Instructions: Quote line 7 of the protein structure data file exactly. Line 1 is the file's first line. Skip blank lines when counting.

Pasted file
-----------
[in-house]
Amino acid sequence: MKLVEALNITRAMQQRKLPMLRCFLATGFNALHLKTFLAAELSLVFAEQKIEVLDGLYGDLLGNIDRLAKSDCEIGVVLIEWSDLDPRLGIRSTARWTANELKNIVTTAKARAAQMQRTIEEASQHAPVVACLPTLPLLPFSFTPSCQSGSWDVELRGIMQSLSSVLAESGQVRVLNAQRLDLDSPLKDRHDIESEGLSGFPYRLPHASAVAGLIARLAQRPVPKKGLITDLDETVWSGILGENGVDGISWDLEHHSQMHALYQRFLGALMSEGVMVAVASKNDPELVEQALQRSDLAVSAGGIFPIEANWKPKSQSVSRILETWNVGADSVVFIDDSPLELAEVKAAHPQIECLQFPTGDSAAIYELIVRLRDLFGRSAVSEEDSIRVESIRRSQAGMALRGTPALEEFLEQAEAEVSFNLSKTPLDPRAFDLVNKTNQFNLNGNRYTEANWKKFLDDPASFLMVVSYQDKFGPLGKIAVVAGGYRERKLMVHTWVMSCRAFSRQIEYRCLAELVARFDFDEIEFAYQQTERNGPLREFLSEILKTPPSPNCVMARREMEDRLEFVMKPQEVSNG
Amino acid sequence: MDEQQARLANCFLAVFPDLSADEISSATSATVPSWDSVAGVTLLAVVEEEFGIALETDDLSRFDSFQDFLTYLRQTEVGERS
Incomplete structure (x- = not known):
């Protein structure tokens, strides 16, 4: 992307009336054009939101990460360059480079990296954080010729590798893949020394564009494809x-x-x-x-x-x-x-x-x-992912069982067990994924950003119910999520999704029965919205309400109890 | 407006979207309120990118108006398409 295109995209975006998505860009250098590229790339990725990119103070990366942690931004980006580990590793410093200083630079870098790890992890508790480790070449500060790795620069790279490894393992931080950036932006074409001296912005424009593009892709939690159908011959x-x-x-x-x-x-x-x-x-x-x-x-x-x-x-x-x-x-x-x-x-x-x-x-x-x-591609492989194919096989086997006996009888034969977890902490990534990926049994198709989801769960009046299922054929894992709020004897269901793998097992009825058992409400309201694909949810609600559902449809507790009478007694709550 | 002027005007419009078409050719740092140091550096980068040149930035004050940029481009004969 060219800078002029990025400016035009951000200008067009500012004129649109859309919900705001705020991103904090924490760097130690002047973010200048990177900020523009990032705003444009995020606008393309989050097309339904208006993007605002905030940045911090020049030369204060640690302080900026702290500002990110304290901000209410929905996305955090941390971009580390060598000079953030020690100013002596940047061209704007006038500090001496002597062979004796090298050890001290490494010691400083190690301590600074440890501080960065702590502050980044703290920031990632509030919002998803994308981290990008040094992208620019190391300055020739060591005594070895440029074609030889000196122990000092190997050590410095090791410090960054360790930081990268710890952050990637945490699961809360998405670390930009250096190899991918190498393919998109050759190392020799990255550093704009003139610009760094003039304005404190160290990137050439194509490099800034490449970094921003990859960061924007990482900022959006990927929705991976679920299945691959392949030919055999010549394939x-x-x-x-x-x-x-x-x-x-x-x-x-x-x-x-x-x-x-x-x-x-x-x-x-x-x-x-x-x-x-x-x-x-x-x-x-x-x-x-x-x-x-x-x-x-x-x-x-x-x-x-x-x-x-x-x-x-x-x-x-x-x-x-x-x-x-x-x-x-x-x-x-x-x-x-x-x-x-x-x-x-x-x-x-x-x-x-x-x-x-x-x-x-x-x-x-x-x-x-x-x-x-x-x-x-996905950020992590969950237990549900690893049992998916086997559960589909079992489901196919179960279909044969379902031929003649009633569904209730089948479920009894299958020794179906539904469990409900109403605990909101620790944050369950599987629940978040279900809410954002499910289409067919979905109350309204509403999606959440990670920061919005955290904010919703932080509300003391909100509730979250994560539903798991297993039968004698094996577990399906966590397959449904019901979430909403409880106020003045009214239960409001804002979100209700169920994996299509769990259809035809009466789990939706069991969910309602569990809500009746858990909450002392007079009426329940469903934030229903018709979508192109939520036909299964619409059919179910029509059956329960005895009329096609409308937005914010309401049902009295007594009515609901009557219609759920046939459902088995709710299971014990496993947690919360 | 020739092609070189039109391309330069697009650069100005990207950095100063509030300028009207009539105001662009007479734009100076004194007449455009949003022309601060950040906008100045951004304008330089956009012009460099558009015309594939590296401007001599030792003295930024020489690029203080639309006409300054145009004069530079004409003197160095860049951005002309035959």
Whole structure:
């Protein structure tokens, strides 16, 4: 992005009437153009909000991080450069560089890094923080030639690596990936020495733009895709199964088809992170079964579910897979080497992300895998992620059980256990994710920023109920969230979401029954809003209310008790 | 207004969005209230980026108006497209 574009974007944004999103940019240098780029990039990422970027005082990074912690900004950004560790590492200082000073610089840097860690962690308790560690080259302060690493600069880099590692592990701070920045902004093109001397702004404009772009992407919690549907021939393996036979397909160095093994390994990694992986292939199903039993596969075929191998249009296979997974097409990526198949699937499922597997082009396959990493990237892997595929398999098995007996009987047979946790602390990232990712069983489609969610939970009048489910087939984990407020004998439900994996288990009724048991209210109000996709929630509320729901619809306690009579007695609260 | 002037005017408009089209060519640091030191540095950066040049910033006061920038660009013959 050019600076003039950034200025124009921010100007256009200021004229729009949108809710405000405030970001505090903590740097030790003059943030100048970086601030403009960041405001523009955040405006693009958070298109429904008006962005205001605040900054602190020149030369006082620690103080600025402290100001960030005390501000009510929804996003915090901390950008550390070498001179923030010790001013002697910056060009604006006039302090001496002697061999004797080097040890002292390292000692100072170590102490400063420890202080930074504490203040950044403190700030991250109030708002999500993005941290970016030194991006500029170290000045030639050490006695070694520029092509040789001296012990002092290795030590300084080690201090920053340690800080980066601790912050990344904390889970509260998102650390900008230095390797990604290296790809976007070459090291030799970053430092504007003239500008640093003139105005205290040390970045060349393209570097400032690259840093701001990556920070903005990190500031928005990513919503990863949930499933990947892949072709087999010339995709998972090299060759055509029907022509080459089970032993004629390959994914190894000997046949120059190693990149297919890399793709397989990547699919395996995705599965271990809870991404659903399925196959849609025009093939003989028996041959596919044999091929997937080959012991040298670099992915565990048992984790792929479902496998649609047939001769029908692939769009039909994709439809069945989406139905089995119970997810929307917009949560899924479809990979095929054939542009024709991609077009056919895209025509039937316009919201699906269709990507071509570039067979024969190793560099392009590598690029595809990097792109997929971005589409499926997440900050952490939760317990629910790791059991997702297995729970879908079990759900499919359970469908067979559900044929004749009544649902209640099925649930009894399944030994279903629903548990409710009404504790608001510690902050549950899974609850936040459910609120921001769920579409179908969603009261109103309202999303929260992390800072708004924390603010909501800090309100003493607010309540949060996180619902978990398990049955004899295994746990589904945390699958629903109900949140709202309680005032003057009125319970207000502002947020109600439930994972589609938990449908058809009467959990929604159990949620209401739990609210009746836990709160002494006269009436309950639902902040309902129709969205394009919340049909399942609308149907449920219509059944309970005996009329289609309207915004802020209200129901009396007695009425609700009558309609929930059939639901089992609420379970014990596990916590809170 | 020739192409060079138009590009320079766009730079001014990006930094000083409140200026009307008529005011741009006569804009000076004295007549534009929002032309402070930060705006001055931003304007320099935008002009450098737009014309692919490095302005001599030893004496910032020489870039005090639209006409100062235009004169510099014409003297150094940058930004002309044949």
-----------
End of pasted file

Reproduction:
């Protein structure tokens, strides 16, 4: 992005009437153009909000991080450069560089890094923080030639690596990936020495733009895709199964088809992170079964579910897979080497992300895998992620059980256990994710920023109920969230979401029954809003209310008790 | 207004969005209230980026108006497209 574009974007944004999103940019240098780029990039990422970027005082990074912690900004950004560790590492200082000073610089840097860690962690308790560690080259302060690493600069880099590692592990701070920045902004093109001397702004404009772009992407919690549907021939393996036979397909160095093994390994990694992986292939199903039993596969075929191998249009296979997974097409990526198949699937499922597997082009396959990493990237892997595929398999098995007996009987047979946790602390990232990712069983489609969610939970009048489910087939984990407020004998439900994996288990009724048991209210109000996709929630509320729901619809306690009579007695609260 | 002037005017408009089209060519640091030191540095950066040049910033006061920038660009013959 050019600076003039950034200025124009921010100007256009200021004229729009949108809710405000405030970001505090903590740097030790003059943030100048970086601030403009960041405001523009955040405006693009958070298109429904008006962005205001605040900054602190020149030369006082620690103080600025402290100001960030005390501000009510929804996003915090901390950008550390070498001179923030010790001013002697910056060009604006006039302090001496002697061999004797080097040890002292390292000692100072170590102490400063420890202080930074504490203040950044403190700030991250109030708002999500993005941290970016030194991006500029170290000045030639050490006695070694520029092509040789001296012990002092290795030590300084080690201090920053340690800080980066601790912050990344904390889970509260998102650390900008230095390797990604290296790809976007070459090291030799970053430092504007003239500008640093003139105005205290040390970045060349393209570097400032690259840093701001990556920070903005990190500031928005990513919503990863949930499933990947892949072709087999010339995709998972090299060759055509029907022509080459089970032993004629390959994914190894000997046949120059190693990149297919890399793709397989990547699919395996995705599965271990809870991404659903399925196959849609025009093939003989028996041959596919044999091929997937080959012991040298670099992915565990048992984790792929479902496998649609047939001769029908692939769009039909994709439809069945989406139905089995119970997810929307917009949560899924479809990979095929054939542009024709991609077009056919895209025509039937316009919201699906269709990507071509570039067979024969190793560099392009590598690029595809990097792109997929971005589409499926997440900050952490939760317990629910790791059991997702297995729970879908079990759900499919359970469908067979559900044929004749009544649902209640099925649930009894399944030994279903629903548990409710009404504790608001510690902050549950899974609850936040459910609120921001769920579409179908969603009261109103309202999303929260992390800072708004924390603010909501800090309100003493607010309540949060996180619902978990398990049955004899295994746990589904945390699958629903109900949140709202309680005032003057009125319970207000502002947020109600439930994972589609938990449908058809009467959990929604159990949620209401739990609210009746836990709160002494006269009436309950639902902040309902129709969205394009919340049909399942609308149907449920219509059944309970005996009329289609309207915004802020209200129901009396007695009425609700009558309609929930059939639901089992609420379970014990596990916590809170 | 020739192409060079138009590009320079766009730079001014990006930094000083409140200026009307008529005011741009006569804009000076004295007549534009929002032309402070930060705006001055931003304007320099935008002009450098737009014309692919490095302005001599030893004496910032020489870039005090639209006409100062235009004169510099014409003297150094940058930004002309044949």